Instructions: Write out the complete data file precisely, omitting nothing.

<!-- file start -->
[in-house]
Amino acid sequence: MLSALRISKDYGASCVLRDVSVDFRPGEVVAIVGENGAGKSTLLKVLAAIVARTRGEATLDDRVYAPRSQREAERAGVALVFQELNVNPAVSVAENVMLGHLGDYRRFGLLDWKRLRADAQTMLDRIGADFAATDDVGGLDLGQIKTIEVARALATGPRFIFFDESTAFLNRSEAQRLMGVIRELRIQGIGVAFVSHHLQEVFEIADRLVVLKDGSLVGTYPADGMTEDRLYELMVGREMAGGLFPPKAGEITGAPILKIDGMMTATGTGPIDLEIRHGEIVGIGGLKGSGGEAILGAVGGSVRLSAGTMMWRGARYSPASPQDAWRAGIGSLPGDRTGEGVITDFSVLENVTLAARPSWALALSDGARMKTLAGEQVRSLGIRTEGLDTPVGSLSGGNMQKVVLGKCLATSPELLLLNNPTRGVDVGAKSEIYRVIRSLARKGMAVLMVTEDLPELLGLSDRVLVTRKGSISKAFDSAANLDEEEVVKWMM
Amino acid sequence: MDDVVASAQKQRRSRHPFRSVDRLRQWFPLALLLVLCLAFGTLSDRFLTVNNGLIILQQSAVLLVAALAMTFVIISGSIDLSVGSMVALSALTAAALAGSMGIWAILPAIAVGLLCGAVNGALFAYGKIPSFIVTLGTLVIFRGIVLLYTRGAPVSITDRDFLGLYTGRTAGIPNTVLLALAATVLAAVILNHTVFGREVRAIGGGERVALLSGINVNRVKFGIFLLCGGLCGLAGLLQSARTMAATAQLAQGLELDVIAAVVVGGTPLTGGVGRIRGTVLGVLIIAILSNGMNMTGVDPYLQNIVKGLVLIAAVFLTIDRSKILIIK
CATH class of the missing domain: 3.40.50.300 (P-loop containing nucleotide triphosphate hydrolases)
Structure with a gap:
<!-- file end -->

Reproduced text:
[in-house]
Amino acid sequence: MLSALRISKDYGASCVLRDVSVDFRPGEVVAIVGENGAGKSTLLKVLAAIVARTRGEATLDDRVYAPRSQREAERAGVALVFQELNVNPAVSVAENVMLGHLGDYRRFGLLDWKRLRADAQTMLDRIGADFAATDDVGGLDLGQIKTIEVARALATGPRFIFFDESTAFLNRSEAQRLMGVIRELRIQGIGVAFVSHHLQEVFEIADRLVVLKDGSLVGTYPADGMTEDRLYELMVGREMAGGLFPPKAGEITGAPILKIDGMMTATGTGPIDLEIRHGEIVGIGGLKGSGGEAILGAVGGSVRLSAGTMMWRGARYSPASPQDAWRAGIGSLPGDRTGEGVITDFSVLENVTLAARPSWALALSDGARMKTLAGEQVRSLGIRTEGLDTPVGSLSGGNMQKVVLGKCLATSPELLLLNNPTRGVDVGAKSEIYRVIRSLARKGMAVLMVTEDLPELLGLSDRVLVTRKGSISKAFDSAANLDEEEVVKWMM
Amino acid sequence: MDDVVASAQKQRRSRHPFRSVDRLRQWFPLALLLVLCLAFGTLSDRFLTVNNGLIILQQSAVLLVAALAMTFVIISGSIDLSVGSMVALSALTAAALAGSMGIWAILPAIAVGLLCGAVNGALFAYGKIPSFIVTLGTLVIFRGIVLLYTRGAPVSITDRDFLGLYTGRTAGIPNTVLLALAATVLAAVILNHTVFGREVRAIGGGERVALLSGINVNRVKFGIFLLCGGLCGLAGLLQSARTMAATAQLAQGLELDVIAAVVVGGTPLTGGVGRIRGTVLGVLIIAILSNGMNMTGVDPYLQNIVKGLVLIAAVFLTIDRSKILIIK
CATH class of the missing domain: 3.40.50.300 (P-loop containing nucleotide triphosphate hydrolases)
Structure with a gap: